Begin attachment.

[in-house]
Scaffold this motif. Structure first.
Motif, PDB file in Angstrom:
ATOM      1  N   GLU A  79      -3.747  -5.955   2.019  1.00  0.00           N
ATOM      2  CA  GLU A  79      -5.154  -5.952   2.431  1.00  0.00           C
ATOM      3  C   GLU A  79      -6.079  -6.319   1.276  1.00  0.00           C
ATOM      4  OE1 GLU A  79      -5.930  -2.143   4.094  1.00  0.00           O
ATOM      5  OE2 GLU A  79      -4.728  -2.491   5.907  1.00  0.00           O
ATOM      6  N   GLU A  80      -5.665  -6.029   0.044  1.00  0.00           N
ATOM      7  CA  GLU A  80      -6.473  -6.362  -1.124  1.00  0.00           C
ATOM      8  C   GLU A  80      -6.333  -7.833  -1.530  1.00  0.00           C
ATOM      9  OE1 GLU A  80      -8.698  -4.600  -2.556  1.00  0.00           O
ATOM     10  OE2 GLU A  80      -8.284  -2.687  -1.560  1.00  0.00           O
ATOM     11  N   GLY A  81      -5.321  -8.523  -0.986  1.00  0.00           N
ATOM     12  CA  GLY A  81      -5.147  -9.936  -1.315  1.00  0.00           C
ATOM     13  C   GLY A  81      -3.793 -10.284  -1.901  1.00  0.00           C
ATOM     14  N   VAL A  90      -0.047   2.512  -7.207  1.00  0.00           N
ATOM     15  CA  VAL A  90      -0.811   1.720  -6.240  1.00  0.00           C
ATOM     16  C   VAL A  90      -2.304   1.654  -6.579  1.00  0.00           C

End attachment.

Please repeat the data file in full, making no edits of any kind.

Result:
[in-house]
Scaffold this motif. Structure first.
Motif, PDB file in Angstrom:
ATOM      1  N   GLU A  79      -3.747  -5.955   2.019  1.00  0.00           N
ATOM      2  CA  GLU A  79      -5.154  -5.952   2.431  1.00  0.00           C
ATOM      3  C   GLU A  79      -6.079  -6.319   1.276  1.00  0.00           C
ATOM      4  OE1 GLU A  79      -5.930  -2.143   4.094  1.00  0.00           O
ATOM      5  OE2 GLU A  79      -4.728  -2.491   5.907  1.00  0.00           O
ATOM      6  N   GLU A  80      -5.665  -6.029   0.044  1.00  0.00           N
ATOM      7  CA  GLU A  80      -6.473  -6.362  -1.124  1.00  0.00           C
ATOM      8  C   GLU A  80      -6.333  -7.833  -1.530  1.00  0.00           C
ATOM      9  OE1 GLU A  80      -8.698  -4.600  -2.556  1.00  0.00           O
ATOM     10  OE2 GLU A  80      -8.284  -2.687  -1.560  1.00  0.00           O
ATOM     11  N   GLY A  81      -5.321  -8.523  -0.986  1.00  0.00           N
ATOM     12  CA  GLY A  81      -5.147  -9.936  -1.315  1.00  0.00           C
ATOM     13  C   GLY A  81      -3.793 -10.284  -1.901  1.00  0.00           C
ATOM     14  N   VAL A  90      -0.047   2.512  -7.207  1.00  0.00           N
ATOM     15  CA  VAL A  90      -0.811   1.720  -6.240  1.00  0.00           C
ATOM     16  C   VAL A  90      -2.304   1.654  -6.579  1.00  0.00           C